Before modern conveniences came along, root vegetables were typically stored in the cellar, or root cellar – especially potatoes, turnips, onions, beets, cabbages, carrots and even apples.  Areas that are cool, dark and dry help keep vegetables from sprouting, and slow any spoilage that might begin.  It was also a wise idea to store apples, potatoes and cabbages apart from each other and other produce so their odors/flavors did not spoil each other.  It was also a must to keep an eye on everything for early signs of spoilage.  Vegetables and certain fruits being stored could be wrapped individually in paper, or kept in baskets covered in sand, soil or dry leaves.  

Reading the requirements in “Putting Food By,” we need to know a lot about the root cellar process that, on the surface, seems like such a simple idea – but it’s really not.  There are specific temperature and dryness or moisture requirements for the various vegetables and fruits to prevent mold and spoilage.

I recall that in the early 1980s, I had an abundance of good-sized green tomatoes.  After picking them, we lay them out on the basement floor on newspaper to ripen, storing the greenest in a bushel basket with each one wrapped in newspaper.  They kept for a good while out in the garage where it was cold but not freezing.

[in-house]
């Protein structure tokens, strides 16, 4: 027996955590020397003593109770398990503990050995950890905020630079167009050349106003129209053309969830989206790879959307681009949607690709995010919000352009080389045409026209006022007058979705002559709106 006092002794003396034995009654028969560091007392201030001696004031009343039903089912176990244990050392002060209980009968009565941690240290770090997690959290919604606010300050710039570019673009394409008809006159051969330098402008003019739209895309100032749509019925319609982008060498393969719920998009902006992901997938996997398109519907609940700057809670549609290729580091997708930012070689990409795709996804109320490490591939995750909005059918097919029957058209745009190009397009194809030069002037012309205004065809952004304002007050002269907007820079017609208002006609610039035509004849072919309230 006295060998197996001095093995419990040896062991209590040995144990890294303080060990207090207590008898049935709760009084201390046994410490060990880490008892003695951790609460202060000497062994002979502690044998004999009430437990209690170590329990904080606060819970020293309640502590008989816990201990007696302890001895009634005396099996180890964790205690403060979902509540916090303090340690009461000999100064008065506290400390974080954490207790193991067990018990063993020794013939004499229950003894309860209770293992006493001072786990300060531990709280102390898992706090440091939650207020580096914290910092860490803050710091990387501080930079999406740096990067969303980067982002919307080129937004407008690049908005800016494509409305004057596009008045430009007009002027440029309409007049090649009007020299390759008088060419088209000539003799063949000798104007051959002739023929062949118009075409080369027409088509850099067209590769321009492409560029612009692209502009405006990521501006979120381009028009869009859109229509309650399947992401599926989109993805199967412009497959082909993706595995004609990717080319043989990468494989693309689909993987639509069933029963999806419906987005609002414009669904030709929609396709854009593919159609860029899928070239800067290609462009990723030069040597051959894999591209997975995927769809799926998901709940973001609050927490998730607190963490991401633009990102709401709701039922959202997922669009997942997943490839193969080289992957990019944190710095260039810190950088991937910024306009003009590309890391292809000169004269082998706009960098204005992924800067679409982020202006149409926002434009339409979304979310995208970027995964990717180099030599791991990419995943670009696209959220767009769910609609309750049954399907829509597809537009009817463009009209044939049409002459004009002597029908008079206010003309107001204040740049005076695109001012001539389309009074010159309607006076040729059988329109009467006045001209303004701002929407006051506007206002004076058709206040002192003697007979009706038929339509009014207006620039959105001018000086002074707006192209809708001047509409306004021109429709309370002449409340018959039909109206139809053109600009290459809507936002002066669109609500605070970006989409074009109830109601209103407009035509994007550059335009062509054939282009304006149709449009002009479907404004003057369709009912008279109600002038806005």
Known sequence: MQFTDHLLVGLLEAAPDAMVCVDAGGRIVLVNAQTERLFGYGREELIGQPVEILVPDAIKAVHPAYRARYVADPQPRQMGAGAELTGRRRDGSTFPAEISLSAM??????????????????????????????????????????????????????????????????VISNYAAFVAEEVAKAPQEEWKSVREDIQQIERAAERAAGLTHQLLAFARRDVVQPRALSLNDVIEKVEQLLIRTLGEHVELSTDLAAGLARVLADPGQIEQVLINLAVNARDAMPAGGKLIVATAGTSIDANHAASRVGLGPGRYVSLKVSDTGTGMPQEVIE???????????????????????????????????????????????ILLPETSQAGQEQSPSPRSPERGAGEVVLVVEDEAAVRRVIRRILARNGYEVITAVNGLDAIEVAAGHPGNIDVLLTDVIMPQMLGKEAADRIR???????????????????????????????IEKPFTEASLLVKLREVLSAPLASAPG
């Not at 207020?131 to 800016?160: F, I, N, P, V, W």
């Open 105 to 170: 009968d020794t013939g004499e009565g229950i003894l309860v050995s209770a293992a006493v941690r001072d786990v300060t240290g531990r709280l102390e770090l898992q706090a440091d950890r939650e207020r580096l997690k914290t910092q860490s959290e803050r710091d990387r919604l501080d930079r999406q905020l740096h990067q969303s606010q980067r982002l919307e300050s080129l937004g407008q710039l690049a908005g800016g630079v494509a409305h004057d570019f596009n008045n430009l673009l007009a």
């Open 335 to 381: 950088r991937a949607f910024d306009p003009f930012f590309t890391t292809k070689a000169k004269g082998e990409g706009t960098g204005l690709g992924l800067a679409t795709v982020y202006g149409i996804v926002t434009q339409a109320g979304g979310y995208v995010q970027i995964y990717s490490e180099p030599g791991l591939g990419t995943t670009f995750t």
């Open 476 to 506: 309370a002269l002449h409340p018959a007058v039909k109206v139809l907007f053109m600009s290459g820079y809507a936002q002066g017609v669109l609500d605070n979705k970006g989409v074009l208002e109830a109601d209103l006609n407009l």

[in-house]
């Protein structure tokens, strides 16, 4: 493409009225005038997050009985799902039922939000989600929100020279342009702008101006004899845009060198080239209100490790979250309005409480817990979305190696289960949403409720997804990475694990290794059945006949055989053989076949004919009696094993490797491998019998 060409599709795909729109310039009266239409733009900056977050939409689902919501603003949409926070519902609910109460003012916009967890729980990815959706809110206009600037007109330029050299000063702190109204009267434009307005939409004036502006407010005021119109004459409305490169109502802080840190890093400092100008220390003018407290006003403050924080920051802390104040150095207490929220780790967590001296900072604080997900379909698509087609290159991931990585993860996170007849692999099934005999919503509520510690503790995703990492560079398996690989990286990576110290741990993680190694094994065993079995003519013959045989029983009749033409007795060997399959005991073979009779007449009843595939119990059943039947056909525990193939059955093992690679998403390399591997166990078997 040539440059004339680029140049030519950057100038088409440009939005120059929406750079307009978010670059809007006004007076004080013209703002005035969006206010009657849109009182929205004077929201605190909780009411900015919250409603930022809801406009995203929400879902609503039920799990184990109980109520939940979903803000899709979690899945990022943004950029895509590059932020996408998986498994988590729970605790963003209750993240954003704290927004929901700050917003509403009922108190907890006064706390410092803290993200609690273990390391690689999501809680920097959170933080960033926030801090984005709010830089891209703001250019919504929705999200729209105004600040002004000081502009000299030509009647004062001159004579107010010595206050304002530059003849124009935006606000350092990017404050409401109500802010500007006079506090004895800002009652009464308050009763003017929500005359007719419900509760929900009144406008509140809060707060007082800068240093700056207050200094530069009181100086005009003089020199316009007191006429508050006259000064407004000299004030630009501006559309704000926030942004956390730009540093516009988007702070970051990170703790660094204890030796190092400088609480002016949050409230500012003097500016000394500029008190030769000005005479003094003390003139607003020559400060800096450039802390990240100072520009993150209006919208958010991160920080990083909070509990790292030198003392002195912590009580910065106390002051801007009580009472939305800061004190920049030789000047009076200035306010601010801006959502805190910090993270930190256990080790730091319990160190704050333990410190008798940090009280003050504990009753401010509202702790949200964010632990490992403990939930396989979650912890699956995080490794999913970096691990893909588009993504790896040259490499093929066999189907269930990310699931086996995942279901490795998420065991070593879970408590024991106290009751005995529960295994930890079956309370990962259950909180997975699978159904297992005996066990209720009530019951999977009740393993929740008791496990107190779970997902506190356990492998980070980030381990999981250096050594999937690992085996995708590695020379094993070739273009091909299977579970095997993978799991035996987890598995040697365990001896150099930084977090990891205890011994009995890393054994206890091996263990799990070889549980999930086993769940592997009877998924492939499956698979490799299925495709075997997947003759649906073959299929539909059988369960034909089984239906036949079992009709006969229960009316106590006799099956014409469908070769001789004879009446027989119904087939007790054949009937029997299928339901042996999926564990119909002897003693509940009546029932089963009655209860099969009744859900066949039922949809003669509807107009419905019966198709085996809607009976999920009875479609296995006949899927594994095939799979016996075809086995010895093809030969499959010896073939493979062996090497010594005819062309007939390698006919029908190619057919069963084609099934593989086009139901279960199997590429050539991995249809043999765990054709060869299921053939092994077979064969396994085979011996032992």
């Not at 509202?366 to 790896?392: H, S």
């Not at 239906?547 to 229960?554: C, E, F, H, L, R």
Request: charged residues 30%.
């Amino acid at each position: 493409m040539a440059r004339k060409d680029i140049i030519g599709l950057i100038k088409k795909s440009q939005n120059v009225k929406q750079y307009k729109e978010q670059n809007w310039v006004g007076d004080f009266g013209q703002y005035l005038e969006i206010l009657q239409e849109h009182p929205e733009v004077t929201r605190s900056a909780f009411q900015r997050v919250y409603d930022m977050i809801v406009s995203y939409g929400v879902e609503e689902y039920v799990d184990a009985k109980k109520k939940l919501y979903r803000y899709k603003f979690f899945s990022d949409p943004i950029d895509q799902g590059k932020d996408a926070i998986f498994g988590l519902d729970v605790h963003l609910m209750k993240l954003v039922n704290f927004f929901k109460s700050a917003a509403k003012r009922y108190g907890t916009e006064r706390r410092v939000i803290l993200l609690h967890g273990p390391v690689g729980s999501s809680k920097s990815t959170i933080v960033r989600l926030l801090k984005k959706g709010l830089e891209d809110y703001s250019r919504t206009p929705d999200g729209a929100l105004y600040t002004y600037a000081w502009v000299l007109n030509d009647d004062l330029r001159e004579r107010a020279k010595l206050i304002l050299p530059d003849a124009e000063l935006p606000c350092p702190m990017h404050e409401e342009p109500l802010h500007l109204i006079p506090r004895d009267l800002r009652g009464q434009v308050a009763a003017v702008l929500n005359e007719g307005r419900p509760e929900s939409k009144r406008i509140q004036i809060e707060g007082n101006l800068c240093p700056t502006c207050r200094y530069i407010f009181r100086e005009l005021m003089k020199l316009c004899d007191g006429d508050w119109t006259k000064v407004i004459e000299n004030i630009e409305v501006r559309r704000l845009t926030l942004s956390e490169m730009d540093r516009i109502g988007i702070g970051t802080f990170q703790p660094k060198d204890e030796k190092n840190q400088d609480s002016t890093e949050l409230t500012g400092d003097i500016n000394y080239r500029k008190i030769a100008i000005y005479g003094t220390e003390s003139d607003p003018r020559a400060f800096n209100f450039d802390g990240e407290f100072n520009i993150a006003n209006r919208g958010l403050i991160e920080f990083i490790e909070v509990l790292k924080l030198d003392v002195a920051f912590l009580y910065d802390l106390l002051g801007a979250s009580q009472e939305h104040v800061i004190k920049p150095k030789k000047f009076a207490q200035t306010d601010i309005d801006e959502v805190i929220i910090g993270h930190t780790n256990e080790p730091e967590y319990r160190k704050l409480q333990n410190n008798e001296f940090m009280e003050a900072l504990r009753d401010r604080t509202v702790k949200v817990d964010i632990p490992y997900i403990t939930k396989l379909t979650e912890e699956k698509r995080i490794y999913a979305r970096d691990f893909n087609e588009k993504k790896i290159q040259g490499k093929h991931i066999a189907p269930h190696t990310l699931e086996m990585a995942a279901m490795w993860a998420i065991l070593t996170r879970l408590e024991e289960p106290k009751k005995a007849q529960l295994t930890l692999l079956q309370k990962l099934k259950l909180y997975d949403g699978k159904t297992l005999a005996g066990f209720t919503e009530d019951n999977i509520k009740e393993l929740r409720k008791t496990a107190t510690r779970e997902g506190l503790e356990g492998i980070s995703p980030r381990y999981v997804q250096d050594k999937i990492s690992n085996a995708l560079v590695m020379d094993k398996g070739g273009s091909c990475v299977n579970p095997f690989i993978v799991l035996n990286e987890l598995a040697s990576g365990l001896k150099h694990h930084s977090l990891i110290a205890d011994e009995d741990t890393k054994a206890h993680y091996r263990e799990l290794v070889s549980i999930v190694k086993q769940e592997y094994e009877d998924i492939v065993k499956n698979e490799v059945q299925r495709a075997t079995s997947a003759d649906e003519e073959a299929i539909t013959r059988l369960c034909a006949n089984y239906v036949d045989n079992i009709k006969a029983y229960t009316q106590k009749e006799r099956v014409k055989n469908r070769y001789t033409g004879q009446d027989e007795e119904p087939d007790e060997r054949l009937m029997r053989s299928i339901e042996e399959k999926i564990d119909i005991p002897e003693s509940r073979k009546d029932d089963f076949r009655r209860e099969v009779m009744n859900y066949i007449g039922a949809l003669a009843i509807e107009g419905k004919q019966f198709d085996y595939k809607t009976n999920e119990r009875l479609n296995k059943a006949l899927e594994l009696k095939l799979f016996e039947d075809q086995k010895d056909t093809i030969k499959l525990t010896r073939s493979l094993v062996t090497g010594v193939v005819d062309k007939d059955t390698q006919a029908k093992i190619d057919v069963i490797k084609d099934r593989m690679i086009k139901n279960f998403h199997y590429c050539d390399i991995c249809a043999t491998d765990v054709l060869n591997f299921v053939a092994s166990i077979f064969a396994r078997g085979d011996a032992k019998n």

Another popular method was to dry fruits and vegetables, often simply by drying them in the sun.  Meat dried in this manner is called jerky.  If the home had a cookstove, drying could be accomplished on trays in the oven, or the vegetables and fruit could simply be put on strings and hung to dry in a warm area of the room.  The warm attic space near the chimney was another good place to dry food, using protection from dust and bugs.  Reconstitution by adding sufficient water for stewing was all it took to use these otherwise scarce foods during the cold and barren winter months.  Though they often lost some of the original flavor, dried veggies and fruits must have been a welcome addition to their diet during the cold winter months.  In the latter half of the 19thcentury, special driers with built-in furnaces became available on the market for home use in drying various fruits and vegetables.